The Sixth Circuit ruled Thursday that Goodyear Tire and Rubber Co. cannot recoup approximately $2 million in legal expenses related to defending an environmental cleanup suit brought by Lockheed Martin Corp., saying they’re outside the scope of an indemnification agreement.
The Makah Indian Tribe told a Washington federal judge Thursday that fishing zones proposed by the Quinault and Quileute tribes in the Pacific Ocean go too far beyond the area adjudicated by the court in keeping with their ancestral fishing grounds.
San Francisco is not authorized to sue the U.S. Department of Transportation on claims the agency failed to enforce natural gas pipeline safety rules that led to a deadly 2010 explosion, the Ninth Circuit said Thursday, affirming a lower court.
The decision to approve or reject New Jersey's proposed $225 million payout from Exxon Mobil Corp. to settle natural resource damage claims will wait another month because there's “a lot to consider,” a judge said Thursday after six hours of testimony by the deal's advocates and opponents.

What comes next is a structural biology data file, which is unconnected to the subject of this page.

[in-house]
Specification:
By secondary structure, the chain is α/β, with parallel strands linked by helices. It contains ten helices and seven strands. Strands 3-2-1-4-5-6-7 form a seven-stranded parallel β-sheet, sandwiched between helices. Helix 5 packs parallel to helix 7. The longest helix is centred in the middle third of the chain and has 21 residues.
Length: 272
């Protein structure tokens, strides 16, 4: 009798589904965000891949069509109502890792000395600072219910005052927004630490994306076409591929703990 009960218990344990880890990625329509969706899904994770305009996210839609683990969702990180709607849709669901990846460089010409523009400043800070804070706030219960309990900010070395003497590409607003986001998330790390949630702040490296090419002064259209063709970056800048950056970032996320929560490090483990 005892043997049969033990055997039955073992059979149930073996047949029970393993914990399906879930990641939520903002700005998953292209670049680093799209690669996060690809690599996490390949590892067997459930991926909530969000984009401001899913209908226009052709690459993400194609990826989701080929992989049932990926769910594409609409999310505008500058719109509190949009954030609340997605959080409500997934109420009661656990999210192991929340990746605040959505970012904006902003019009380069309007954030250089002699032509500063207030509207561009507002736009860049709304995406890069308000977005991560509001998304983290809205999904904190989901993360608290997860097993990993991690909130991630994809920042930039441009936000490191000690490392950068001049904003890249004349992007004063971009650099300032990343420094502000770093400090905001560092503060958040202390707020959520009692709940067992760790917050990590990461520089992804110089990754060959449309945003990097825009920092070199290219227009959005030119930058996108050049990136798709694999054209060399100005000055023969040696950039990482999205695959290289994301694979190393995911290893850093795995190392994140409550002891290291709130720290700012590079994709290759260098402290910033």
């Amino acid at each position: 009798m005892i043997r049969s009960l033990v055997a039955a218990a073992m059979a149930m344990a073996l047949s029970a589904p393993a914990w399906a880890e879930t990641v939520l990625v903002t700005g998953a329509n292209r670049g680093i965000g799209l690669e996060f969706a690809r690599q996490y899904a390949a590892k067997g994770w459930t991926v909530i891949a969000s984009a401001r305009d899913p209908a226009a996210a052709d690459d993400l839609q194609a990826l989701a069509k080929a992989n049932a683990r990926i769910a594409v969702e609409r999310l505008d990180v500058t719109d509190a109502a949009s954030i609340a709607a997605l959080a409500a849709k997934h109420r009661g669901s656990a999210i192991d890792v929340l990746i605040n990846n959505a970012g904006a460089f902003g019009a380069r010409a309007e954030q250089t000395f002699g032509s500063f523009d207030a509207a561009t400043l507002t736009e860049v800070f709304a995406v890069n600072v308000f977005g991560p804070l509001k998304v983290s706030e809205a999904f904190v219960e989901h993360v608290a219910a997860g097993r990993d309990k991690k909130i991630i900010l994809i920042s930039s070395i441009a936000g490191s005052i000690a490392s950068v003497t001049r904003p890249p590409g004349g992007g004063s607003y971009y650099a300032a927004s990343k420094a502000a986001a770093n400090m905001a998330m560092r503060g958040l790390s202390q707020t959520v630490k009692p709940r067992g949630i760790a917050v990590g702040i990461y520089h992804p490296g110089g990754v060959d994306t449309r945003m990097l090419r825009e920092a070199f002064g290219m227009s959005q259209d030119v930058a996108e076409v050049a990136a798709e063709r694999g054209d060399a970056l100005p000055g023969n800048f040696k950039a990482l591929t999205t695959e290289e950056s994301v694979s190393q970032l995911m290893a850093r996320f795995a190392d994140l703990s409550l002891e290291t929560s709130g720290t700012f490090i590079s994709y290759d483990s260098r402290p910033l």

The Montana Supreme Court on Wednesday upheld a lower court decision tossing a suit by members of the Crow Nation over water rights on their reservation, saying the lower court had rightly decided not to stay the case while the members’ federal complaint was pending.
A New Jersey lawmaker on Wednesday responded to the “tragic demise” of Cecil — a beloved African lion hunted down in Zimbabwe by a Minnesota man in early July — by proposing legislation to ban the transport of game trophies of threatened or endangered species through New York and New Jersey's major airports.
A New Jersey appeals court Thursday gave CD&L Realty LLC another shot at suing the state Department of Environmental Protection to take action against the previous owner of a contaminated industrial property that CD&L purchased in 2000.
An Alaska federal judge said Thursday that Greenpeace Inc. is in civil contempt and will be fined thousands for every hour its activists hang off the St. John's Bridge in Portland, Oregon, preventing Royal Dutch Shell PLC's ship from leaving.
U.S. House lawmakers on both sides of the aisle are weighing in on the Obama administration's plan to tighten national ozone standards, with Republicans claiming a tougher standard would be economically crippling and Democrats pushing for the strictest standard possible to protect public health.